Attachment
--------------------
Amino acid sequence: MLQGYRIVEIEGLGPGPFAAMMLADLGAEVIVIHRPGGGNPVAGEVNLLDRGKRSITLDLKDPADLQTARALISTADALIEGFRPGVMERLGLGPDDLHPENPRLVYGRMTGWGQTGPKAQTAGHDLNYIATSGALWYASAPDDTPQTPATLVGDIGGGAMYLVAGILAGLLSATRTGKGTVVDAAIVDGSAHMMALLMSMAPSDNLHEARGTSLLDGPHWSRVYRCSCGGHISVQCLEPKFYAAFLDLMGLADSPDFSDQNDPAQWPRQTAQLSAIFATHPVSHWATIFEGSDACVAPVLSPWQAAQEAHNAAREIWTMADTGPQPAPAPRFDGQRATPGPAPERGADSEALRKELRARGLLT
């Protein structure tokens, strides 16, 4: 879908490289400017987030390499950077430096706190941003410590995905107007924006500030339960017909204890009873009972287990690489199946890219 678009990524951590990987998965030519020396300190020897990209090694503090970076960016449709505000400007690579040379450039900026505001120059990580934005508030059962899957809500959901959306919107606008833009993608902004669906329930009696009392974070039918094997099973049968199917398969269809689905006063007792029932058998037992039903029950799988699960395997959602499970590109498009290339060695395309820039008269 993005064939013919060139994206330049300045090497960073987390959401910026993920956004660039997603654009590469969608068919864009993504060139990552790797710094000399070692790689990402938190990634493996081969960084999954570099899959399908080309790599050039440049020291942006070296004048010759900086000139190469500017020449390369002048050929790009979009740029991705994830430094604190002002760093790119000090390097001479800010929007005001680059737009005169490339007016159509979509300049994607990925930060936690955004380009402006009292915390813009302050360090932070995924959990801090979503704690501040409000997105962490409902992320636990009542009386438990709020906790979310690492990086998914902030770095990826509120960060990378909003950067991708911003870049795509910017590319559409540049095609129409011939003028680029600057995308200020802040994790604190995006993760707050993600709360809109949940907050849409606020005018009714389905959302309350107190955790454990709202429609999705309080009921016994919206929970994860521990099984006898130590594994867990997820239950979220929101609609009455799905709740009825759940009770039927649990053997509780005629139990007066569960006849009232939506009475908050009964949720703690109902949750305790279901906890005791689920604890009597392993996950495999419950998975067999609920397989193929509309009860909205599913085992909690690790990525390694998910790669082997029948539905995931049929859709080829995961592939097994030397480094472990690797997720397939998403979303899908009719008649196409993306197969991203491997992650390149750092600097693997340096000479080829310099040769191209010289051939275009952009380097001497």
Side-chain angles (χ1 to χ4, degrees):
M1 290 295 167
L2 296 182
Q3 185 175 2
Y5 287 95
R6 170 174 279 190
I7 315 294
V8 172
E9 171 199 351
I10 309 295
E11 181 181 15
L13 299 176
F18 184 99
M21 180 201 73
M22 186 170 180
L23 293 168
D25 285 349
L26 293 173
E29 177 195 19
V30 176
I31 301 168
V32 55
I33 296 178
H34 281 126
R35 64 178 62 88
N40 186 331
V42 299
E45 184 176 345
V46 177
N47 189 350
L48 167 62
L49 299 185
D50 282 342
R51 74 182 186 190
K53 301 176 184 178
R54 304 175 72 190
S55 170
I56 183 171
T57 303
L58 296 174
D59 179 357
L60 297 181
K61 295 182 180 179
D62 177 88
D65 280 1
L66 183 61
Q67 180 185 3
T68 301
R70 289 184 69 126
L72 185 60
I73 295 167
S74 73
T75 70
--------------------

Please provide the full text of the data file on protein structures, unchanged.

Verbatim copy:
Amino acid sequence: MLQGYRIVEIEGLGPGPFAAMMLADLGAEVIVIHRPGGGNPVAGEVNLLDRGKRSITLDLKDPADLQTARALISTADALIEGFRPGVMERLGLGPDDLHPENPRLVYGRMTGWGQTGPKAQTAGHDLNYIATSGALWYASAPDDTPQTPATLVGDIGGGAMYLVAGILAGLLSATRTGKGTVVDAAIVDGSAHMMALLMSMAPSDNLHEARGTSLLDGPHWSRVYRCSCGGHISVQCLEPKFYAAFLDLMGLADSPDFSDQNDPAQWPRQTAQLSAIFATHPVSHWATIFEGSDACVAPVLSPWQAAQEAHNAAREIWTMADTGPQPAPAPRFDGQRATPGPAPERGADSEALRKELRARGLLT
């Protein structure tokens, strides 16, 4: 879908490289400017987030390499950077430096706190941003410590995905107007924006500030339960017909204890009873009972287990690489199946890219 678009990524951590990987998965030519020396300190020897990209090694503090970076960016449709505000400007690579040379450039900026505001120059990580934005508030059962899957809500959901959306919107606008833009993608902004669906329930009696009392974070039918094997099973049968199917398969269809689905006063007792029932058998037992039903029950799988699960395997959602499970590109498009290339060695395309820039008269 993005064939013919060139994206330049300045090497960073987390959401910026993920956004660039997603654009590469969608068919864009993504060139990552790797710094000399070692790689990402938190990634493996081969960084999954570099899959399908080309790599050039440049020291942006070296004048010759900086000139190469500017020449390369002048050929790009979009740029991705994830430094604190002002760093790119000090390097001479800010929007005001680059737009005169490339007016159509979509300049994607990925930060936690955004380009402006009292915390813009302050360090932070995924959990801090979503704690501040409000997105962490409902992320636990009542009386438990709020906790979310690492990086998914902030770095990826509120960060990378909003950067991708911003870049795509910017590319559409540049095609129409011939003028680029600057995308200020802040994790604190995006993760707050993600709360809109949940907050849409606020005018009714389905959302309350107190955790454990709202429609999705309080009921016994919206929970994860521990099984006898130590594994867990997820239950979220929101609609009455799905709740009825759940009770039927649990053997509780005629139990007066569960006849009232939506009475908050009964949720703690109902949750305790279901906890005791689920604890009597392993996950495999419950998975067999609920397989193929509309009860909205599913085992909690690790990525390694998910790669082997029948539905995931049929859709080829995961592939097994030397480094472990690797997720397939998403979303899908009719008649196409993306197969991203491997992650390149750092600097693997340096000479080829310099040769191209010289051939275009952009380097001497």
Side-chain angles (χ1 to χ4, degrees):
M1 290 295 167
L2 296 182
Q3 185 175 2
Y5 287 95
R6 170 174 279 190
I7 315 294
V8 172
E9 171 199 351
I10 309 295
E11 181 181 15
L13 299 176
F18 184 99
M21 180 201 73
M22 186 170 180
L23 293 168
D25 285 349
L26 293 173
E29 177 195 19
V30 176
I31 301 168
V32 55
I33 296 178
H34 281 126
R35 64 178 62 88
N40 186 331
V42 299
E45 184 176 345
V46 177
N47 189 350
L48 167 62
L49 299 185
D50 282 342
R51 74 182 186 190
K53 301 176 184 178
R54 304 175 72 190
S55 170
I56 183 171
T57 303
L58 296 174
D59 179 357
L60 297 181
K61 295 182 180 179
D62 177 88
D65 280 1
L66 183 61
Q67 180 185 3
T68 301
R70 289 184 69 126
L72 185 60
I73 295 167
S74 73
T75 70